My INBOX: fwd Dept of Treas - Political Leaders Often Overlook the Key to Economic Growth/Guardian
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Yet despite these achievements, the gap between men’s and women’s earnings and productivity is still large. Even in countries where women are graduating from college at the same or greater rates than men, the pay gap persists. More women than men are trapped in low-productivity jobs. Around the globe, women are over-represented in the informal economy, where wages tend to be below-market and job mobility is limited. Across businesses, women are underrepresented in leadership positions and in boardrooms. And from one country to the next, enterprises led by men too often out-earn those led by women.
Women with minimal access to resources and no access to child care have limited choices that too often mean low-wage and part-time labor. In rural communities in the developing world, when women farmers have unequal access to fertilizers or training, their farm productivity lags behind men. When rules and laws inhibit women’s ownership of collateral, economies lose out on the wasted talents of female entrepreneurs.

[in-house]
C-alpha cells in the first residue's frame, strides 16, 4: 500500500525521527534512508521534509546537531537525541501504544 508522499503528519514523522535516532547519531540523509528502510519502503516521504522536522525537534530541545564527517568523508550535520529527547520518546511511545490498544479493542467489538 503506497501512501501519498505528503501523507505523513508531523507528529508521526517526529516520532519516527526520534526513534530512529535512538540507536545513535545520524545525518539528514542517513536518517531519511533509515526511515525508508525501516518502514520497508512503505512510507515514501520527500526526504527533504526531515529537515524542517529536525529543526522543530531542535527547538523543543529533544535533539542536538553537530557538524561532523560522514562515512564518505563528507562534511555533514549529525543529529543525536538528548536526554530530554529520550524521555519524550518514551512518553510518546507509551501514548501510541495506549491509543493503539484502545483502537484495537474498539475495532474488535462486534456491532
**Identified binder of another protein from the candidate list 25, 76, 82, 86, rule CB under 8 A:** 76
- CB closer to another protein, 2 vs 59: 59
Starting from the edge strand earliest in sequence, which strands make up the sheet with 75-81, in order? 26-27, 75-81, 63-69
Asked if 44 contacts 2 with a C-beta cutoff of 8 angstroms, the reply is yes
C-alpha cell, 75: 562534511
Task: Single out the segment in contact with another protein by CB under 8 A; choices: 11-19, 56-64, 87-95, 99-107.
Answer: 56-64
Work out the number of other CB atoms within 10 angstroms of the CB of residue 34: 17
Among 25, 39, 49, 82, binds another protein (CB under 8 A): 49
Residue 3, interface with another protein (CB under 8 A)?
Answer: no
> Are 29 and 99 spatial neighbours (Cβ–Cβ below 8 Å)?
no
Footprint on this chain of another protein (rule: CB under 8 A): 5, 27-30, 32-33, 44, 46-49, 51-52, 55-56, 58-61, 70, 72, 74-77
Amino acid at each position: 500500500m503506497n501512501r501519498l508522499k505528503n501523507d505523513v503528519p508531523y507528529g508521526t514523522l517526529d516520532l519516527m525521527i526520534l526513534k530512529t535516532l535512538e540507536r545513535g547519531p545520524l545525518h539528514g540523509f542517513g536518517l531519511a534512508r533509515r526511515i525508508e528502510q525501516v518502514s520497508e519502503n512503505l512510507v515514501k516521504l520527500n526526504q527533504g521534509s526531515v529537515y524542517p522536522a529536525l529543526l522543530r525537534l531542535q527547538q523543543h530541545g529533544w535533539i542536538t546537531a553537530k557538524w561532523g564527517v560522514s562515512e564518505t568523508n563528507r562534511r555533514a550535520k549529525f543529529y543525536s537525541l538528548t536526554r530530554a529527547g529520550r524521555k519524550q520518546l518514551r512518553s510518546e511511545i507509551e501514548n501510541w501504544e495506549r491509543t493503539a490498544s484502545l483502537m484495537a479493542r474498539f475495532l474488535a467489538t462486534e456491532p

So what more can we do to unleash the economic potential of women? It is time for a global race to the top on equality of opportunity for men and women. President Obama has called for economic and political empowerment of women globally. The Equal Futures Partnership promotes removal of policy, legal, and regulatory barriers that hold women back at local, state and national levels.